14. Pro tennis has had line calls automated or instantly reviewable, and the equipment is rarely a problem. But if there is a total failure, there's still going to be a home plate ump -- they have to be there for purposes other than calling balls/strikes. They'll still watch the pitches, and can still be there to call balls/strikes in the rare instance of equipment failure. This is, at the very least, debatable: I thought from the beginning that the 1-2 WAR that people were attributing to framing was overstating the case, and the fact that framing isn't consistent year to year, and that the gap between the best and worst framers is narrowing, suggests it's not as valuable a skill as initially thought, because it involves fooling umpires, and they've made adjustments. There are also a lot of other catching skills that might not all go into a WAR calculation, but are nonetheless very important. Calling a game, working with pitchers on pitch sequencing / approach to getting hitters out, fielding wild pitches / balls in the dirt, controlling the running game, and normal fielding stuff like fielding pop-ups, plays at the plate, etc. Not having to worry about presenting the pitch isn't going to suddenly destroy the catcher position.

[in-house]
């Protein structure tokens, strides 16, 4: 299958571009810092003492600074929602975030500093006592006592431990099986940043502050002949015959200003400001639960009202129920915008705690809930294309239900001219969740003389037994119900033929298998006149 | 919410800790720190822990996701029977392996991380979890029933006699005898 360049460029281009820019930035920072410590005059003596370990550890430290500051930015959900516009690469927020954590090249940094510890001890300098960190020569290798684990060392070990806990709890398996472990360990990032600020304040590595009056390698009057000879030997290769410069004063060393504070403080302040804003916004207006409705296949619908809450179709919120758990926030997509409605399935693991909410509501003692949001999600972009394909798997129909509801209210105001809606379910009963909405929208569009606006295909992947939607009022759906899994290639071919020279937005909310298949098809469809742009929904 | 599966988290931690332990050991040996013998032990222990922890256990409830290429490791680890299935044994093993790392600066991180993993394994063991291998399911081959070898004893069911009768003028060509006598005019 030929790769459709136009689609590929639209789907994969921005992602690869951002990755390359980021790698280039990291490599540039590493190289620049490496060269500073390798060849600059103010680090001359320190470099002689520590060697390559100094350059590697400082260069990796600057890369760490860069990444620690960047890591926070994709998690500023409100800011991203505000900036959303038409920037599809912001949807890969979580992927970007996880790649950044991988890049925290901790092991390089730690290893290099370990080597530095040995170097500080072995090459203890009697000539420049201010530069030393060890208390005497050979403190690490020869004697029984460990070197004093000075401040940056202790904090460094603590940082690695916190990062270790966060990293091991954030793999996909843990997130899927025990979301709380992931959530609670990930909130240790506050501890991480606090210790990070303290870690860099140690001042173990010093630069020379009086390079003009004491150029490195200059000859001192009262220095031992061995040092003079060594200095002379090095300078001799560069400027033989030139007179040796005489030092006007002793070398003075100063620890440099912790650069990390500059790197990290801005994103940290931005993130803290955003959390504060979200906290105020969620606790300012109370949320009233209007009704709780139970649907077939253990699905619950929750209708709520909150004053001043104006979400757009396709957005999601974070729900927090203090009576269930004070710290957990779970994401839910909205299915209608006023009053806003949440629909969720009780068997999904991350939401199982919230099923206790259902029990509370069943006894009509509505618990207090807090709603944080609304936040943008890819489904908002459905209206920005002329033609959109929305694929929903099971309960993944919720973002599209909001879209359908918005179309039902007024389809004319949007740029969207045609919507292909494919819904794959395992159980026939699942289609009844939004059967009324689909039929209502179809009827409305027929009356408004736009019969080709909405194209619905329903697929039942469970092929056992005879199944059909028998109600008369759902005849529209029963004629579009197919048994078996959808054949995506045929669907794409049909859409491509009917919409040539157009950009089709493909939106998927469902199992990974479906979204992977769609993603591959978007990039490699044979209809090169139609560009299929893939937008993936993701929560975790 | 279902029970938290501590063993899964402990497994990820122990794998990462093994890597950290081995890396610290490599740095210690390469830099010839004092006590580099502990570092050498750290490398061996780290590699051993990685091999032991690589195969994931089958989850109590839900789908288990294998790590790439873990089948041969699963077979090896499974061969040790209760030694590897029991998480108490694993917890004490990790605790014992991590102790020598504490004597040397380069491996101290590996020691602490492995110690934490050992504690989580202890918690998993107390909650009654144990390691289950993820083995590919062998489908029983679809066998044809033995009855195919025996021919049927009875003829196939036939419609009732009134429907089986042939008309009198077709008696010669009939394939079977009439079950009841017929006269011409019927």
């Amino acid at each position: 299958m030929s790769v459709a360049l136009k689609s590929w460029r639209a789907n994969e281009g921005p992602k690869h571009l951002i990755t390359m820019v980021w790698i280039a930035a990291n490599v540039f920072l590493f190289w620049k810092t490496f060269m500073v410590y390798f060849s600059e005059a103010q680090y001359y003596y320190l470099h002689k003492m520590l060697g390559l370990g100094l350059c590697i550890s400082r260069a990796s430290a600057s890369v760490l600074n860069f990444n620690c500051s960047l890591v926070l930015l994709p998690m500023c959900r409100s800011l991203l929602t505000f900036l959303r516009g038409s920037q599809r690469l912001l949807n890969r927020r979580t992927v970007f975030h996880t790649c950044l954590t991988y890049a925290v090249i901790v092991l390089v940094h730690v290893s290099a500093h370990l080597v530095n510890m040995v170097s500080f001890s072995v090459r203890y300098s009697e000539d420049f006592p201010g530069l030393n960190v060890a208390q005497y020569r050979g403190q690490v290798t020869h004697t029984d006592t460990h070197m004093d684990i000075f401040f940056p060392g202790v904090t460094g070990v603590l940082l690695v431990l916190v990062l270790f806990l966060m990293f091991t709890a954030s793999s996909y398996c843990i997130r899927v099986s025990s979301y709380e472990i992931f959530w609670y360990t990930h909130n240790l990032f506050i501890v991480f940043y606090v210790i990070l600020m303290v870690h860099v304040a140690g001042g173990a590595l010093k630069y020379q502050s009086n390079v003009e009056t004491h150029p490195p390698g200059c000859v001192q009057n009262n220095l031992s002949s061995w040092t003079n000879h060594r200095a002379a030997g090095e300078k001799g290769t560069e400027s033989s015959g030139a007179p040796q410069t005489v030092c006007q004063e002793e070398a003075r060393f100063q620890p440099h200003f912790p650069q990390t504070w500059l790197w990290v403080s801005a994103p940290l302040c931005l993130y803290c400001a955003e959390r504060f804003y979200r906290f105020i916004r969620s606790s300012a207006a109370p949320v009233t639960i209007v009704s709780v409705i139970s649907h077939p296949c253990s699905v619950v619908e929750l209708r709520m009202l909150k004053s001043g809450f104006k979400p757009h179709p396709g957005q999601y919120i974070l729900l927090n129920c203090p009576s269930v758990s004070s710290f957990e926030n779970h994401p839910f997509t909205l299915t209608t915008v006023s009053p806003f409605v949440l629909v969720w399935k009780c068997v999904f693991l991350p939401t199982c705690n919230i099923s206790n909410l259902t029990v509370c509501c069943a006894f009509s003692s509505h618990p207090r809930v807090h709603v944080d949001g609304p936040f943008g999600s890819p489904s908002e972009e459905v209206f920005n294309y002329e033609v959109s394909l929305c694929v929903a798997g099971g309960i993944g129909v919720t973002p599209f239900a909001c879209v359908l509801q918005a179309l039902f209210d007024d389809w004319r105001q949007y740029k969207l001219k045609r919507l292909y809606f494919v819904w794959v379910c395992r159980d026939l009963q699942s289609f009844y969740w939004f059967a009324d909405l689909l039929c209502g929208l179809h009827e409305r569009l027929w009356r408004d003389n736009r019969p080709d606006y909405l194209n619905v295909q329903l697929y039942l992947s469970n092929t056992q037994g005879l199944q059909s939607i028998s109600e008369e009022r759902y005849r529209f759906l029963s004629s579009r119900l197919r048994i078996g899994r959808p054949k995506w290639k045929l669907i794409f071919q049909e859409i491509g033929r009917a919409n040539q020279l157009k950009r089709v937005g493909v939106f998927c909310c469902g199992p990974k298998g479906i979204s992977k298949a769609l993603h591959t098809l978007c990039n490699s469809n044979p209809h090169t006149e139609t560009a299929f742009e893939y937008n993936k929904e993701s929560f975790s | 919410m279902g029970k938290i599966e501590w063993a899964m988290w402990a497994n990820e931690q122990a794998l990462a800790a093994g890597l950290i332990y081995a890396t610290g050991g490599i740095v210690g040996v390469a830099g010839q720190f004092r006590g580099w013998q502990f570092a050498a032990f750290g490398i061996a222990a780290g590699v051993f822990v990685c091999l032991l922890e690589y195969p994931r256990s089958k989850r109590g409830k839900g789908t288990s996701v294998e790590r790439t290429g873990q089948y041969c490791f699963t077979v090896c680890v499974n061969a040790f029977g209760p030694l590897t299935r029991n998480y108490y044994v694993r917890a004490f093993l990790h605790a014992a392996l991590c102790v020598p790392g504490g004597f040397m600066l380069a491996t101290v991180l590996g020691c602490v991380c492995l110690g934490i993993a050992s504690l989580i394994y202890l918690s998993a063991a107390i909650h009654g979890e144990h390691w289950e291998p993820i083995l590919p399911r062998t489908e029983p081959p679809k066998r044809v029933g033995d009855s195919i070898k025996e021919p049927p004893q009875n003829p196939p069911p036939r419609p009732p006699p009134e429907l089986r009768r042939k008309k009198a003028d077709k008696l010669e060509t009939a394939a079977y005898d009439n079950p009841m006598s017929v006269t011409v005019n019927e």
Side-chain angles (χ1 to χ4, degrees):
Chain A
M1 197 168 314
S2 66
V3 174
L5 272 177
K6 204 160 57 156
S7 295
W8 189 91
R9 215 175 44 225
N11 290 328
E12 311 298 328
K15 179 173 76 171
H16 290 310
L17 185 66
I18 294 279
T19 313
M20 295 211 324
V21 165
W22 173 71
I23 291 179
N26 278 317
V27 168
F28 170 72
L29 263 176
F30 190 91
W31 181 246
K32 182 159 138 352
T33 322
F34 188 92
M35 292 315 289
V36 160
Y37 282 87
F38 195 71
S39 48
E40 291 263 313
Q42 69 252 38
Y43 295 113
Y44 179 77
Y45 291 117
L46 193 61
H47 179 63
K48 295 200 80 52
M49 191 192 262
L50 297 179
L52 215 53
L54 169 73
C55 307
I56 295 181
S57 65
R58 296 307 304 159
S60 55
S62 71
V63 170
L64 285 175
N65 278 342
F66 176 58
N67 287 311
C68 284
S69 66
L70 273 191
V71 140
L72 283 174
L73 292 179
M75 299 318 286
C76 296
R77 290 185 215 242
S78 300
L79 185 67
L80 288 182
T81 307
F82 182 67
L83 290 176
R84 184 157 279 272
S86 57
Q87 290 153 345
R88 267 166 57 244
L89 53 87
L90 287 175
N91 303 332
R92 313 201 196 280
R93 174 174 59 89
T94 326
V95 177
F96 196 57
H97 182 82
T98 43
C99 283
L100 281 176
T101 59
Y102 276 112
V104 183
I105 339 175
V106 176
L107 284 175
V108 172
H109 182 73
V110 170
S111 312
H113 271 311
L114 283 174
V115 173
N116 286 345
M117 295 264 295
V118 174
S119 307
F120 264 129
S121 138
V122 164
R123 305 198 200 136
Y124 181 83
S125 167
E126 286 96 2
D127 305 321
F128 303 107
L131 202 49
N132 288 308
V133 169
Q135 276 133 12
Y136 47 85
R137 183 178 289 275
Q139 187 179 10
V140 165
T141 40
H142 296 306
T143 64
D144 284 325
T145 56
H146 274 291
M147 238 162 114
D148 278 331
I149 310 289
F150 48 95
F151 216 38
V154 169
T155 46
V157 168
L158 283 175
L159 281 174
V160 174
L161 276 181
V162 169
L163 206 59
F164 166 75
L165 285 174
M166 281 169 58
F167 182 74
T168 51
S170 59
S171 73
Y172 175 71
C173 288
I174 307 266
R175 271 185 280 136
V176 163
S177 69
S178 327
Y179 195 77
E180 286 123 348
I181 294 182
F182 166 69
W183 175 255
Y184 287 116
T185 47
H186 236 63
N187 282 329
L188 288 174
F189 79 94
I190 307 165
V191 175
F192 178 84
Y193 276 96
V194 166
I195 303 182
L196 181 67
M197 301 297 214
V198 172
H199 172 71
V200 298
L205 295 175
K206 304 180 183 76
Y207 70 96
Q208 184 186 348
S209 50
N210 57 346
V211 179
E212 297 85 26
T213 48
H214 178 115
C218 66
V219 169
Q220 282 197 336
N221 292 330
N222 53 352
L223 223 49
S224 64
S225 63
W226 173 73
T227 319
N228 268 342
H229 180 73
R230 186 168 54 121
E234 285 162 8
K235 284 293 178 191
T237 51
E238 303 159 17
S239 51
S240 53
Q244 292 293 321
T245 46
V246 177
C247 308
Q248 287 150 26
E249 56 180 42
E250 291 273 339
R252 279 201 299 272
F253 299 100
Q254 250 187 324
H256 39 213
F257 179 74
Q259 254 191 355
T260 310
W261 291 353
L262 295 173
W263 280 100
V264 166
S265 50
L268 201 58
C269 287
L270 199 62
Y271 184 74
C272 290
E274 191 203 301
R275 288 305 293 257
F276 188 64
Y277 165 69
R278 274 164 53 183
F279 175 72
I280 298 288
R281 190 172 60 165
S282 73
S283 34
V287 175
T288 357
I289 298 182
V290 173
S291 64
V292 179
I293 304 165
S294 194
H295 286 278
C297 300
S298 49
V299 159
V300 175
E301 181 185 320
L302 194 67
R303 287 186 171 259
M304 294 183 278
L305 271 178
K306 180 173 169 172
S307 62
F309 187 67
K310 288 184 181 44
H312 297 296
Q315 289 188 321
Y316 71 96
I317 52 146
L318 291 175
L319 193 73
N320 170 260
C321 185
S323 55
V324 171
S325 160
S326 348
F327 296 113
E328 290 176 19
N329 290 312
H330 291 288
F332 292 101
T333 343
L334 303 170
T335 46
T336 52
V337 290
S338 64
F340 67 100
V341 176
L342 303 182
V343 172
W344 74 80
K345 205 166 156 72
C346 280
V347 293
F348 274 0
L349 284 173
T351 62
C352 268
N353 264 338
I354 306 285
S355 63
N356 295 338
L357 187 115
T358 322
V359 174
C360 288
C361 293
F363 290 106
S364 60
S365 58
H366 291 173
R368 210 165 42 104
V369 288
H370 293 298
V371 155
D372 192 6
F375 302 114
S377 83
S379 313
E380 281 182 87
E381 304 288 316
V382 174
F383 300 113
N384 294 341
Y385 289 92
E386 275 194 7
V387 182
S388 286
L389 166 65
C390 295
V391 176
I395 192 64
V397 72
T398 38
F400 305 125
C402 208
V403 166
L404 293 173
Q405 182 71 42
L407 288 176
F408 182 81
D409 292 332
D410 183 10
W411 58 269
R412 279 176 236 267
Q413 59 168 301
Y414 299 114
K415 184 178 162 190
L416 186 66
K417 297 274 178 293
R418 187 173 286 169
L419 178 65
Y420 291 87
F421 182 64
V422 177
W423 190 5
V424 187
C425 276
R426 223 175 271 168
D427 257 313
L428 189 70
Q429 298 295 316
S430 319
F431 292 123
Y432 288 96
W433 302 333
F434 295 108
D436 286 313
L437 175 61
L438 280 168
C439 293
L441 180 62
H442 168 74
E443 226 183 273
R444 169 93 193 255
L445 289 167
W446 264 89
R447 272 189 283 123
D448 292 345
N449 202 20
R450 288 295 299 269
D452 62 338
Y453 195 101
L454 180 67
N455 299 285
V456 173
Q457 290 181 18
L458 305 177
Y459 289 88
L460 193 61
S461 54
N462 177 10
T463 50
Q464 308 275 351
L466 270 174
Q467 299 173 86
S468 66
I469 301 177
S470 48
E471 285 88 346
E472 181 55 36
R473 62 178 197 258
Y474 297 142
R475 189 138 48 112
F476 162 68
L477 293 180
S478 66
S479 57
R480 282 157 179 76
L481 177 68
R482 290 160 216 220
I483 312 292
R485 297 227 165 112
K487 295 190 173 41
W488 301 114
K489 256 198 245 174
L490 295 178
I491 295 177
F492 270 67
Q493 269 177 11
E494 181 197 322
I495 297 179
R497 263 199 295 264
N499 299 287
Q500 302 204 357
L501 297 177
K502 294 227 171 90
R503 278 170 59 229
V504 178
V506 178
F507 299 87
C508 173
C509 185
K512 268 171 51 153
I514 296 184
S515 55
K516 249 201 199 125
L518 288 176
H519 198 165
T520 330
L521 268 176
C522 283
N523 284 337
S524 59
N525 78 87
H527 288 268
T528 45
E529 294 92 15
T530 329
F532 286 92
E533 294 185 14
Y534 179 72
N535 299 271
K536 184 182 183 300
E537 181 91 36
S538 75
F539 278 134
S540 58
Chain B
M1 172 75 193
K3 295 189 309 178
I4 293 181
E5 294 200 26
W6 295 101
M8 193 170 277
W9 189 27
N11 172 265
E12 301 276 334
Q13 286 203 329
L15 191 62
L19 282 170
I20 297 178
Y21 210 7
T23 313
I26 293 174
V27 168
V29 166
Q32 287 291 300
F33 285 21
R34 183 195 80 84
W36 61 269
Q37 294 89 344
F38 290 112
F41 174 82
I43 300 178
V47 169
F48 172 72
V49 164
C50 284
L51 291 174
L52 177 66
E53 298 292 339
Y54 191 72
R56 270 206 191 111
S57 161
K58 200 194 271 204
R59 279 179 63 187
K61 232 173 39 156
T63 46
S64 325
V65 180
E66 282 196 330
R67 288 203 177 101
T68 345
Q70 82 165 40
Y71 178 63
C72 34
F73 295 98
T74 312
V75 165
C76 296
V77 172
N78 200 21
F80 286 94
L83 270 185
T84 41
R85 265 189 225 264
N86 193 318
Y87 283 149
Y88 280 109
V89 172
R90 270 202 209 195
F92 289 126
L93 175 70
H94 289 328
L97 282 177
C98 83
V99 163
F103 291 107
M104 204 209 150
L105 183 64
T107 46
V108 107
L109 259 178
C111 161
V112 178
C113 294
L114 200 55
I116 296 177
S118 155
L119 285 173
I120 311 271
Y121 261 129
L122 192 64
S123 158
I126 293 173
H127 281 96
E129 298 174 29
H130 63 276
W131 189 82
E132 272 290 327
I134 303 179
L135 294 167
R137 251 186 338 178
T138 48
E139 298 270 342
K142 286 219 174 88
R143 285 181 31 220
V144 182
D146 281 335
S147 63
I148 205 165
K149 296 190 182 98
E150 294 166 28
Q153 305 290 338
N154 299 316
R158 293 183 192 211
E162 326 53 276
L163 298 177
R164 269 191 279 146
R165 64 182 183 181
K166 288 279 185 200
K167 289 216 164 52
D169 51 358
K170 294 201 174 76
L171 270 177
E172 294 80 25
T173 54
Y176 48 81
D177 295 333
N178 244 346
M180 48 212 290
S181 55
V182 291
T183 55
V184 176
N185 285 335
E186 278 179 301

15. Cody Bellinger 2017 Outlook

    Dude was born in 1995. Seinfeld ended when he was 3. Yeah, it's all over TV in syndication, but I'm guessing a baseball prodigy didn't spend much time flipping through the channels to watch old TV shows. Re: ADP, I agree that he's off the board toward the mid/end of the 2nd.